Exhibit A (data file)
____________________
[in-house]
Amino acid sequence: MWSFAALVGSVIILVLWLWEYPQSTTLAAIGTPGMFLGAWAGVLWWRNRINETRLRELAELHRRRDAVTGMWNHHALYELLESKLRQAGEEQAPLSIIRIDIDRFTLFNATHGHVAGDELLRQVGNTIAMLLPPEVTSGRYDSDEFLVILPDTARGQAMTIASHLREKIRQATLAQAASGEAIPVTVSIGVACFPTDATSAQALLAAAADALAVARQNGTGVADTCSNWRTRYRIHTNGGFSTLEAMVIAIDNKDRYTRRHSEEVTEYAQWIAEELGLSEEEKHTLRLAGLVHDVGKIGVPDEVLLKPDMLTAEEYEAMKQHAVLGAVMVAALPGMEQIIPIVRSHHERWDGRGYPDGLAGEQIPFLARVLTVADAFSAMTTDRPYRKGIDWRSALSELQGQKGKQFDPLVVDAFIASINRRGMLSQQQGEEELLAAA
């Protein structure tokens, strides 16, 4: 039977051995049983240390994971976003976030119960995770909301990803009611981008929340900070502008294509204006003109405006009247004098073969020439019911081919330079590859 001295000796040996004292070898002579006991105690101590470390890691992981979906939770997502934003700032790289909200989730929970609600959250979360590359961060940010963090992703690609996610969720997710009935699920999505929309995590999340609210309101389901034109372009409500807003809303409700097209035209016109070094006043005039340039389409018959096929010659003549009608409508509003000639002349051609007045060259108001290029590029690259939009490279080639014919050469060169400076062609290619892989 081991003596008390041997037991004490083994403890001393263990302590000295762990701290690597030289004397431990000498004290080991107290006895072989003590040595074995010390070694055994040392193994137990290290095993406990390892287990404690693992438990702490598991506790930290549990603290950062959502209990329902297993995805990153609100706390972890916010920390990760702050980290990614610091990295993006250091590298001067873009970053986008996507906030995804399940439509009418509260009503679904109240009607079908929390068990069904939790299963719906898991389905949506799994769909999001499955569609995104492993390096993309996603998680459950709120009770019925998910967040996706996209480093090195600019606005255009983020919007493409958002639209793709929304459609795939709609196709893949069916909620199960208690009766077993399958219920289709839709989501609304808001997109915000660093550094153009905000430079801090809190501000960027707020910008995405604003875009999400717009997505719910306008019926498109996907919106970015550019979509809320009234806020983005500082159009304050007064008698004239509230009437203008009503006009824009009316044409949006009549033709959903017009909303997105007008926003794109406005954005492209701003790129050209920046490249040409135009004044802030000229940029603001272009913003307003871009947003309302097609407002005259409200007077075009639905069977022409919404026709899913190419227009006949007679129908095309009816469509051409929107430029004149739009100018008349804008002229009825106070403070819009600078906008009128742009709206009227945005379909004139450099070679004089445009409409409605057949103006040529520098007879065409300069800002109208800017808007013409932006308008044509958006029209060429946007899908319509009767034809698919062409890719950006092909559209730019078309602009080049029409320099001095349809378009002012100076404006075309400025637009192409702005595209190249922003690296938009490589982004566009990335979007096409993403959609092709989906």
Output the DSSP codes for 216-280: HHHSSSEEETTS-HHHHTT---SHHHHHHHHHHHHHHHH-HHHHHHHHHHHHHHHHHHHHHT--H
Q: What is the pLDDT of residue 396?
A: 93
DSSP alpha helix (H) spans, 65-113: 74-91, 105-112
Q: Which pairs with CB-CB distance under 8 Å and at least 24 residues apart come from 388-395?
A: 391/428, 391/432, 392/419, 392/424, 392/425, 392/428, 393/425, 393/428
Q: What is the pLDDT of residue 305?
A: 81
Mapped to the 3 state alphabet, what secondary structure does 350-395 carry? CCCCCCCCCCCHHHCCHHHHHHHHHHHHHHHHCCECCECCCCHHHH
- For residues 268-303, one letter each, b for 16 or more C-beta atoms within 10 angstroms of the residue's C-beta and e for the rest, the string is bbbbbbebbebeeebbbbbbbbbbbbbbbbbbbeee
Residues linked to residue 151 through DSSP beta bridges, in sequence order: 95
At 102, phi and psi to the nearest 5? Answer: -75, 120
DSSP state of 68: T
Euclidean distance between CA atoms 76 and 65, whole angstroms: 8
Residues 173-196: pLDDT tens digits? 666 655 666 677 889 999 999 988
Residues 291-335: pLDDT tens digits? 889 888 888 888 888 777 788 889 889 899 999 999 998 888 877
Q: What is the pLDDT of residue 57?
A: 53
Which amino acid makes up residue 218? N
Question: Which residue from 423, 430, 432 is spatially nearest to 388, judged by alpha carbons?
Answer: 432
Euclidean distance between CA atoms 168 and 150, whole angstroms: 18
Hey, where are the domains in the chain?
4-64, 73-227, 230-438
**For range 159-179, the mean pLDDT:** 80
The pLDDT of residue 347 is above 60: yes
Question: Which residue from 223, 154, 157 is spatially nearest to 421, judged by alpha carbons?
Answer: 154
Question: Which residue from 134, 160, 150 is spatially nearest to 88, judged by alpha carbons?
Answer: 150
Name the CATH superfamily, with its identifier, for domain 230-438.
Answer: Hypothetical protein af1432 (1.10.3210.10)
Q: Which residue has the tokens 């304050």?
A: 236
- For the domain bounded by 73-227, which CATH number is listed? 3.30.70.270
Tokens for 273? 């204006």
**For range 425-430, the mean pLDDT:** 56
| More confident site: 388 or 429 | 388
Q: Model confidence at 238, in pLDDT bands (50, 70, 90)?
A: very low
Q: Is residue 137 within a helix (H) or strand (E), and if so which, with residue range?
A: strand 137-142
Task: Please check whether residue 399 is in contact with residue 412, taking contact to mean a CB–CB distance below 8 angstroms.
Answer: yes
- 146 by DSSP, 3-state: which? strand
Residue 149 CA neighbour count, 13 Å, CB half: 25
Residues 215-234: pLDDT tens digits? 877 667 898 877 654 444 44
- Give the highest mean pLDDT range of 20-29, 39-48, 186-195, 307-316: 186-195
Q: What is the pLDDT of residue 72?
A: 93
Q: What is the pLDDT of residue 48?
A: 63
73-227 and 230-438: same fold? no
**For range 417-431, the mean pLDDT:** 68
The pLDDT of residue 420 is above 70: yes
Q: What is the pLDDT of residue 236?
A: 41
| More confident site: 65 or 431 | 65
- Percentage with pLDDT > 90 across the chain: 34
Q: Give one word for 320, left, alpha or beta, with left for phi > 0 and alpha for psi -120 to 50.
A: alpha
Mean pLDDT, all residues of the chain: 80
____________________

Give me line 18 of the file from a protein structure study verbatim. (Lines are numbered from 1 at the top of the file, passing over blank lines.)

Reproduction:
Residues 173-196: pLDDT tens digits? 666 655 666 677 889 999 999 988